So it's not a question of 'finding' things different - but it is perfectly true that I notice things about the stuff I've done before, the settings, the world, the books, that look different in a different light, and sometimes that means coming back and answering yourself. (Le Guin did it to extraordinary effect and with amazing and impressive politics and rigour with Earthsea, of course).

That's already happened, and I'm sure it'll happen again. I like Perdido Street Station very much - but I realised that though Remaking was obviously 'bad' in that book, and that though my sympathy was clearly 'with' the Remade, I hadn't given any of them any voice. So the following book involved going into the head of one Remade in particular, and Iron Council tried to talk about a collectivity, a politics, of those voices and subjectivities. It's not in any way a repudiation of what goes before, but it's an argument with, a development of, oneself. And at the level of the depiction of culture it was always important to me that Bas-Lag wasn't a static world. 25-30 years have passed between PSS and IC, and the city of New Crobuzon is very different. For specific reasons. Its politics have shifted.

If/when I go back, both its politics, and my own relation to that setting, will have developed again.

SS: You wrote Between Equal Rights several years ago. Will you return, at some point, to non-fiction - theoretical and book-length?

China Miéville: I sincerely hope so. It's something I intend to do, and I'm working on two ideas now. The problem is finding time. I'm dreadful, dreadful, at doing more than one thing at once. To my everlasting, growing regret. But yes. The spirit is willing and eager. 

SS:  About your forthcoming book**, Kraken: It isn’t in any way a response to Margaret Atwood’s accusation that all sci-fi is about ‘talking squids in outer space’, is it?

China Miéville:  It predates my awareness of the remark! Plus there's no space. Plus it's already been done. By many writers. Ken Macleod et al. Plus I was already rude about that in The Nation. Having said all of which - yeah, why not?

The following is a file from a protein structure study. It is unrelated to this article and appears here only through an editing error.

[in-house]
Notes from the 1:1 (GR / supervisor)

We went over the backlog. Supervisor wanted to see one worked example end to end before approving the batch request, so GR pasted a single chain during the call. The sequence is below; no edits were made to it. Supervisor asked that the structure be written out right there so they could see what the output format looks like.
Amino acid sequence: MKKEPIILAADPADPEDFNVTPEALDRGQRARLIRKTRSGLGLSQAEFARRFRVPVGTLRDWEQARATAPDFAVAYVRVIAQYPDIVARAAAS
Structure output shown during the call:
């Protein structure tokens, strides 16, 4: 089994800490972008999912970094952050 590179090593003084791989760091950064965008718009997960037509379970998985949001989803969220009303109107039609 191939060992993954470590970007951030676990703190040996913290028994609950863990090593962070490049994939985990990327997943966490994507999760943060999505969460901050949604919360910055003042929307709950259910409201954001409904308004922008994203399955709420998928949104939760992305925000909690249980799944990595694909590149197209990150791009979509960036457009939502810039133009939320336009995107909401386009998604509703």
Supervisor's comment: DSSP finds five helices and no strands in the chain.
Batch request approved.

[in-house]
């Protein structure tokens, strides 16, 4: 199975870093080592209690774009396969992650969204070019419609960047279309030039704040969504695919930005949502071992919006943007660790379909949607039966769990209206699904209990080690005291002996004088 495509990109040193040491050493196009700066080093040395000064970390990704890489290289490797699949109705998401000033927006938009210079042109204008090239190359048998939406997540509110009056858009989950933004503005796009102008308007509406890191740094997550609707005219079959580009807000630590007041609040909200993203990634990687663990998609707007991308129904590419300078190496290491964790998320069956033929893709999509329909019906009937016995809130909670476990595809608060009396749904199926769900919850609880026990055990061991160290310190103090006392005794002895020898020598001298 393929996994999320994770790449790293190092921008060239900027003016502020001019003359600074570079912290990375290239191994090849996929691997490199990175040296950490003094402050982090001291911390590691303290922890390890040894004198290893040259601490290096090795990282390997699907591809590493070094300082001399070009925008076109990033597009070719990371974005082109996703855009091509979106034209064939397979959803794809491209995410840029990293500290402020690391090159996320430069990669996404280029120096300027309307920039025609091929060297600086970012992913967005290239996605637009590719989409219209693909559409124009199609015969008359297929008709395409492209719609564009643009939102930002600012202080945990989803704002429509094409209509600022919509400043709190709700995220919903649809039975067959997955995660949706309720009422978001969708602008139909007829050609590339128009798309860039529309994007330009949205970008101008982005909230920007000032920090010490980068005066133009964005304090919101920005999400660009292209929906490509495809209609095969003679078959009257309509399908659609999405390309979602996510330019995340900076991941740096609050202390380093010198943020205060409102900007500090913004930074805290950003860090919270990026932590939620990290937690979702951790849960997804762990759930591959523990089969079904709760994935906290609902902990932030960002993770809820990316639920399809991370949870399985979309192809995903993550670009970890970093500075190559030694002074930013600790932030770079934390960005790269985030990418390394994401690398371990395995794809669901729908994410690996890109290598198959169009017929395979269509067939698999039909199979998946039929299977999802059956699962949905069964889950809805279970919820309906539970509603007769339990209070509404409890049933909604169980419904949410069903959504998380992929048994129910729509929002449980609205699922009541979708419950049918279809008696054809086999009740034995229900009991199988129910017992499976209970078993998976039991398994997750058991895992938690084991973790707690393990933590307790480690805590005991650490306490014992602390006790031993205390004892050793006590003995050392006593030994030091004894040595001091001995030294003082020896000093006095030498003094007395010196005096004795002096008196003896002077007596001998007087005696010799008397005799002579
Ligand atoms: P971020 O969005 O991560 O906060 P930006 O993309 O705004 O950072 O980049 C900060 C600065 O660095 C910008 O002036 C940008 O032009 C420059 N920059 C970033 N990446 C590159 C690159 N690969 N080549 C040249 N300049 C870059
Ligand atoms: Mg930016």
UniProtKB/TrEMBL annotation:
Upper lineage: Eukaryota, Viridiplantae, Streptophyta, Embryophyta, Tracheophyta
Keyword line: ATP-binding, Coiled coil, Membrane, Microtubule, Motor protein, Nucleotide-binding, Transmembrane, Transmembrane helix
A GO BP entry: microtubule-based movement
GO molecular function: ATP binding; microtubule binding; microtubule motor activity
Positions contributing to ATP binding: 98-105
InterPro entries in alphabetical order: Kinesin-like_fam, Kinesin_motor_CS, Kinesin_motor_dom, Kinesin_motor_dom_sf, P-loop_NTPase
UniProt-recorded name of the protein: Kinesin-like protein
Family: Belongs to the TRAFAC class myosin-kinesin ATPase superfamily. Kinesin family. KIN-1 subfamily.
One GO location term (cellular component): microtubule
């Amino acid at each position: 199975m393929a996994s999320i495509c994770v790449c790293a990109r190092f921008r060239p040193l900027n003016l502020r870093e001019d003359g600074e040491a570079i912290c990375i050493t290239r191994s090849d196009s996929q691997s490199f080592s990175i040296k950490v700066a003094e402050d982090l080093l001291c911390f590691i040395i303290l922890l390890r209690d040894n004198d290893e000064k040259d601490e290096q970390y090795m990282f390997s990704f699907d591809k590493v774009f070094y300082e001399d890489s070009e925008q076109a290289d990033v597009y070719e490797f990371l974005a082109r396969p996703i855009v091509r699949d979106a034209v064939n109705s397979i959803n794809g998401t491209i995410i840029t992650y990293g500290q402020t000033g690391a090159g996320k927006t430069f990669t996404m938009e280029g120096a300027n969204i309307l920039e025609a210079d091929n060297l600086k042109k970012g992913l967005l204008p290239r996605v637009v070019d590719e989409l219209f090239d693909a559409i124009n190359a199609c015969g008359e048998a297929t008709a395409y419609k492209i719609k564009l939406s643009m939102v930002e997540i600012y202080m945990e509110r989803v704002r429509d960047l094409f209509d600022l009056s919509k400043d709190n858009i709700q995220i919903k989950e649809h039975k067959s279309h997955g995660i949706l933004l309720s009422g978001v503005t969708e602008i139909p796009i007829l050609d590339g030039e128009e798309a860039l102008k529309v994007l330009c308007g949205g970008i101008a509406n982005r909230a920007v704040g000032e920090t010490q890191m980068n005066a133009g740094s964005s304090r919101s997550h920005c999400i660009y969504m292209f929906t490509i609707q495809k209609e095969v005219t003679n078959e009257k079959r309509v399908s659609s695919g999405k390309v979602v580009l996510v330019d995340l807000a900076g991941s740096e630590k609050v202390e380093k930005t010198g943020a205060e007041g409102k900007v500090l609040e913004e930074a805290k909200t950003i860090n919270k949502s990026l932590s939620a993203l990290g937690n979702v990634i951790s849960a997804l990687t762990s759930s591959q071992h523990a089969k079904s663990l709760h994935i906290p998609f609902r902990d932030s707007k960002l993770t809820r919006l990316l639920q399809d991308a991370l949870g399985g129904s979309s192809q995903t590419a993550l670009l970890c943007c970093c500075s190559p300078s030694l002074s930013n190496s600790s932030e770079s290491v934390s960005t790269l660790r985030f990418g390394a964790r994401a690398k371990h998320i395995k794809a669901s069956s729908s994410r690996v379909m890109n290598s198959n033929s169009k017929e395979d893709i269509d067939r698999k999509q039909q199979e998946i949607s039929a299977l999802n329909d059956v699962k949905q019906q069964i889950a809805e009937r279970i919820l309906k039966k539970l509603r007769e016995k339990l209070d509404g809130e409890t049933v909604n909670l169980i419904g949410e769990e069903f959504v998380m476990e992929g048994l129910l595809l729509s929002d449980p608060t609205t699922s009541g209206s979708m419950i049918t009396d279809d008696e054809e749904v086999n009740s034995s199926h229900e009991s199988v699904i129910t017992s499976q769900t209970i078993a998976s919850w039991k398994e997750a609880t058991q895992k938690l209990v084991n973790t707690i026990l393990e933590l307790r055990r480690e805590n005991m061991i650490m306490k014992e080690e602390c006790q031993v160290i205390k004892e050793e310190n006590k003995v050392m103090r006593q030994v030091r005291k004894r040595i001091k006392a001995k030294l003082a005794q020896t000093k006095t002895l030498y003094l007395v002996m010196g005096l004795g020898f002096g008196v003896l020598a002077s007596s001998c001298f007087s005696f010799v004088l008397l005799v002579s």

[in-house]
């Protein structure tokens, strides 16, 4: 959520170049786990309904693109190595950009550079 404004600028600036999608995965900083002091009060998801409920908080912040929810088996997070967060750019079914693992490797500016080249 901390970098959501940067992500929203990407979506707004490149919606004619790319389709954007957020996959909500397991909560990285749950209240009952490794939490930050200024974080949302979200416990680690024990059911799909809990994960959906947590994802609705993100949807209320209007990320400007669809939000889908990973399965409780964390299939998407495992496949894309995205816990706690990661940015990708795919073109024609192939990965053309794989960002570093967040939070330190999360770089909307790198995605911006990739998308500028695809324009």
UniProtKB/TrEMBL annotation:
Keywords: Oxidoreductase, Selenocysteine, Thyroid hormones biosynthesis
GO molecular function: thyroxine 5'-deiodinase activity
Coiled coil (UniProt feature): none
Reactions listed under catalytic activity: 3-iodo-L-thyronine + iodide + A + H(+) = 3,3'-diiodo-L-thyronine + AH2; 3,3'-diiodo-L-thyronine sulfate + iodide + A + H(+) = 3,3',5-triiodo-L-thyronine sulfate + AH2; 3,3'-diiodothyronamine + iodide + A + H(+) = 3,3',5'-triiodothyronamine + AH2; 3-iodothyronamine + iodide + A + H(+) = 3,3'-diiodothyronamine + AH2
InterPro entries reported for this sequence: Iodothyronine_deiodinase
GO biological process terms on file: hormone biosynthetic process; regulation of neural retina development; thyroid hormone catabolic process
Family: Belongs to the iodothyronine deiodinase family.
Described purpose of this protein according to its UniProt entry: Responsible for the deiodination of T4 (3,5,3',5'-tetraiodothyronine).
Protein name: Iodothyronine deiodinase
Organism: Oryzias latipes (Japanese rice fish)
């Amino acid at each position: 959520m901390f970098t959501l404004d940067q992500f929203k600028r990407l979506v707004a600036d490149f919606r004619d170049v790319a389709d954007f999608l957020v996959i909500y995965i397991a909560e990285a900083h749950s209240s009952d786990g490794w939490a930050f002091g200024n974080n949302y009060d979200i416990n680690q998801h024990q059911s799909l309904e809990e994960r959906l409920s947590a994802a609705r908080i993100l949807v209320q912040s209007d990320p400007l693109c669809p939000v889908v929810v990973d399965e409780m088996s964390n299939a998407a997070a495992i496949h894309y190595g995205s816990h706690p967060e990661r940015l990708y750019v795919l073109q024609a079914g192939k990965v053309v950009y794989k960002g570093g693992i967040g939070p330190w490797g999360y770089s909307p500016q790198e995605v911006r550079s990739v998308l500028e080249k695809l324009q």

SS:  What did you enjoy most about writing Kraken?

China Miéville:  What I most enjoyed writing in the novel - from various candidates - was the section describing the afterworld life and radicalisation of a magic servant. For various reasons, some of this book was very hard to write - that chapter was a delight, and came very easily.

Kraken  wasn't my original title, but it ties in unexpectedly and humorously with the release of Clash of the Titans - which is, btw, an astoundingly terrible, incoherent and misogynist film, which also apropos of bugger all imports what appears to be a Sadhu and his followers largely so as to riff off the racist visual cliché of jabbering & threatening 'natives'. But anyway, I hope you enjoy the book. If you like giant squid and eschatological cults it might be to your taste. It also, for anyone hunting out specific India references, has some mentions of Kerala in it and to kalaripayattu, and the Urumi, the world's most amazing weapon. Which FTW, and for which thank you.'
*I see how this could be confusing. To my mind, there’s a very clear distinction between the whodunit/procedural, noir and spy stories that come under the broad rubric of ‘crime fiction’. TC&TC is a procedural, no matter how noir-ish and atmospheric it seems. To the extent that it’s faithful to the genre – and it is, right up to the dénouement – the finding of the criminal is synonymous with justice being done. But the story doesn’t end with the dénouement and to say why I think there is no resolution, much ambiguity and many, many unanswered questions would be a spoiler of at least a 7.8 magnitude. Either that, or I have only read very, very conservative crime fiction.*** Go read the book and decide.

**At the time of the conversation. Right now, of course, the book's out in the UK

***This also reminds me that I owe (some of) you guys a post on P.D. James and John le Carré.


neeraj said...

fabulous dala! both you and cm. felt a bit voyeuristic to be in on the chat, but i guess both of you were aware its public.

literary discussions/ critique are pleasantly nuanced nowadays is it? maybe i'm just old hat, but it was very pleasant to read this chat.

that opening from marx is in his book, or your article?

didn't know you'd gone thru capital!! ;)

i've only ever managed to do chunks from here and there.

hmmm... i'm getting quite tempted to take to reading literature again... nice.

neeraj said...

oops! sorry about the last ques. just saw its from cm in the isj of 2k.

Aishwarya said...

This is fantastic - huge quantities of respect for both of you.

??! said...

So much jealousy. Wonderful, wonderful interview.

JP said...


Subashini said...

Eek! I skimmed through bits of what appears to be a fabulous interview, but refrained from reading too much because of the spoiler alerts. :)

I've always wanted to read Mieville; am ashamed to say I never have. And it looks like I'll have to start with The City and the City. (If anything, just so I can come back and read the entire interview in peace. ;) The Marxist perspective discussed here just made the book that much more attractive.